Our eldest daughter turned 9 on Thursday. Whilst it’s a busy time of year for a birthday, there are so many wonderful events at which to celebrate. We chose to go to the newly reopened Alexandra Palace to see Horrible Christmas on the evening of her birthday.
NB: Lucy & her family received complimentary tickets, but their opinions are all their own.
My family only recently discovered Horrible Histories, but we are making up for lost time. We now have a shelf full of Terry Deary’s books and it’s our middle daughters’ favourite programme on television. Horrible Histories is universally loved by the adults in our family too, as it is both entertaining and educational. As silly, and horrible, as it may seem my children often refer to things they have discovered through Horrible Histories, and more importantly they have a fascination with history that they would struggle to find from a textbook.
We were not sure what to expect from Horrible Histories ‘Live on Stage’. However, we have seen a few productions from Birmingham Stage Company, and knew that if anyone could successfully put our children’s favourite tv programme on stage, they could.
Horrible Christmas, based on Terry Deary’s book of the same name, cleverly takes you through the history of Christmas by following the antics of Sydney Clause. Sydney is determined to wipe out all Christmases, past, present and future, by travelling back through time accompanied by his friend Rudolph. Sydney is hotly pursued by Watson, who is helped by budding detective Shirley Holmes, in his attempt to foil Sydney’s evil plans.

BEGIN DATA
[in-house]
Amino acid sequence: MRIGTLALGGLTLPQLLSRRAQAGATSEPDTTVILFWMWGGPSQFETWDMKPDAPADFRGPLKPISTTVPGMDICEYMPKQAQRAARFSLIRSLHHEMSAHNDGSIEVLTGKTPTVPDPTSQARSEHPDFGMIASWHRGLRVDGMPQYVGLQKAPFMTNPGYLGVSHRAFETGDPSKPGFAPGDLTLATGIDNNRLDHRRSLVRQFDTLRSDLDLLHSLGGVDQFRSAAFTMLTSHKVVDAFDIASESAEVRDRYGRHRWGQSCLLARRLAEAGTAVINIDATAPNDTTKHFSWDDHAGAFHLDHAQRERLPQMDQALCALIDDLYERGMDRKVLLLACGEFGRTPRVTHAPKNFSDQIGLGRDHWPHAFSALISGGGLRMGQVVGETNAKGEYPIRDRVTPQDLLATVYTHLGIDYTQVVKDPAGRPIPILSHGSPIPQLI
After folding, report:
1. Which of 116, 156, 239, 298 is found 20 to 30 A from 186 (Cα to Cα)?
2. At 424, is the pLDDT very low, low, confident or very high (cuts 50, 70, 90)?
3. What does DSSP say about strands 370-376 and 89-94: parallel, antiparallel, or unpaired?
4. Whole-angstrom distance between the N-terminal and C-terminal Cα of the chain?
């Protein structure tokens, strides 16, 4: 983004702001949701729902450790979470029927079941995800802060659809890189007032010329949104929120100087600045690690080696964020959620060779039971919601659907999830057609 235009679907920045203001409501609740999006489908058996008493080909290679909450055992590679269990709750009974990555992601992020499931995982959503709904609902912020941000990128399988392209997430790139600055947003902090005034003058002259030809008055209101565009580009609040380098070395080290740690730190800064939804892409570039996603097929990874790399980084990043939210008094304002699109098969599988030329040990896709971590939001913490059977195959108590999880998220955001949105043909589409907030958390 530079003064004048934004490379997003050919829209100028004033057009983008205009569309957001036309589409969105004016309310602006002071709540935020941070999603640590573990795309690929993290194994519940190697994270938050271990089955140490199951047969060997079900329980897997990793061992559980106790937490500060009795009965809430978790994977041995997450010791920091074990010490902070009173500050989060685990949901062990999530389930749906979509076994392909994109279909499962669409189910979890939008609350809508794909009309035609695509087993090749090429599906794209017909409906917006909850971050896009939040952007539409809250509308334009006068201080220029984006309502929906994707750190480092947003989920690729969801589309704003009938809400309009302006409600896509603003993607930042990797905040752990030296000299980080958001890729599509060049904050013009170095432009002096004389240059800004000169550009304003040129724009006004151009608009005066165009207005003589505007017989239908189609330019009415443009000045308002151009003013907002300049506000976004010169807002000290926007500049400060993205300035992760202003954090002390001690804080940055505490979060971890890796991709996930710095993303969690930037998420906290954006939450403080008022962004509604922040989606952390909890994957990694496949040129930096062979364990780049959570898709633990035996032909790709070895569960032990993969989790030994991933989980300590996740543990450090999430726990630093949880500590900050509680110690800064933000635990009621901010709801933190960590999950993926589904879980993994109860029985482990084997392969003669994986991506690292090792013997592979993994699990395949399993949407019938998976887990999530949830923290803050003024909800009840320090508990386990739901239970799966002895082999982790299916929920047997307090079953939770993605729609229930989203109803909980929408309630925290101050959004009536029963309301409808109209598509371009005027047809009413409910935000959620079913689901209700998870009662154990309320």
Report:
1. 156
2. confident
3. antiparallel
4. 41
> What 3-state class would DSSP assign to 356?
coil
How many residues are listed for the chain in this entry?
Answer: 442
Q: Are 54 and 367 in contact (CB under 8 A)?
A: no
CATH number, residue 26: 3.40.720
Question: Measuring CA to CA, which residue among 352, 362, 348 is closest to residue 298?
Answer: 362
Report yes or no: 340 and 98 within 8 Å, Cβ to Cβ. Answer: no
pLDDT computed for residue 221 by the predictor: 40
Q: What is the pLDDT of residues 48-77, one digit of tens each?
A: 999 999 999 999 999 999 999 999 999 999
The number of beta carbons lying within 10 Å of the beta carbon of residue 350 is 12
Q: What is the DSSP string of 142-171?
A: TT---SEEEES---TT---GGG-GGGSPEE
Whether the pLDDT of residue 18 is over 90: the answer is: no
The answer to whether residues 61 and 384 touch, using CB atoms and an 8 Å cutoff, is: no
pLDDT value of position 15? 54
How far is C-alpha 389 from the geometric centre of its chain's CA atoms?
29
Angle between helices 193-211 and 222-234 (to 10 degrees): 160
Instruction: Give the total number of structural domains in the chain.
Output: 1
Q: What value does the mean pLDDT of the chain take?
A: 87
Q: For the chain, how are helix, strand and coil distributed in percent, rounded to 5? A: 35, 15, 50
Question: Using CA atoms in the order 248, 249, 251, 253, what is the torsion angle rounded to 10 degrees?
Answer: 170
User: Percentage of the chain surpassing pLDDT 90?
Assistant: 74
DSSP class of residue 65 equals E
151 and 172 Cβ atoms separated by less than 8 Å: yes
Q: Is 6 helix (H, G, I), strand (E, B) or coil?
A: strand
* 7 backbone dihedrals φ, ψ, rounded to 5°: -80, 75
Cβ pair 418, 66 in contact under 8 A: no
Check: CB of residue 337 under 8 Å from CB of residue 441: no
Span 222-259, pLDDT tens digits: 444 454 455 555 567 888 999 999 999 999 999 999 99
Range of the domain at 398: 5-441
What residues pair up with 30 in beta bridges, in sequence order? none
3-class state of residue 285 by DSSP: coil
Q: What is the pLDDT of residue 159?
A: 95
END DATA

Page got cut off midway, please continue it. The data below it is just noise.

As with the tv programmes, the strength of Horrible Christmas comes from the characters, sketches and songs. We start by meeting Charles Dickens, who helped re-popularise Christmas. Then the audience is treated to a song from Oliver Cromwell and the Puritans, who share Sydney’s distaste for Christmas. The lyrics and dancing have the audience chuckling away. Cromwell’s death is followed by the arrival of my daughter’s favourite character, Charles II the party king, who raps and flosses his way through the resurrection of Christmas traditions. The action then travels further back in time, through the unusual eating habits of the Tudors at Christmas, incorporating a pantomime-style audience sing-a-long. Eventually Sydney Clauses’ attempts to banish Christmas take the audience right back to the first ever Christmas, and St Nicholas himself. Our heroes finally foil Sydney’s plans, with a heart warming reconciliation in true Christmas tradition.
We throughly enjoyed Horrible Christmas from beginning to end. The Alexandra Palace theatre has only just recently reopened following refurbishment, and has quite a history of its own. The Theatre provided a wonderful venue for a family show, with a large brightly lit atrium for running around during the interval, and a few food and drink pop-ups so most needs were catered for.
Horrible Christmas runs until 30 December and due to demand, an extra date has just been added on 22 December.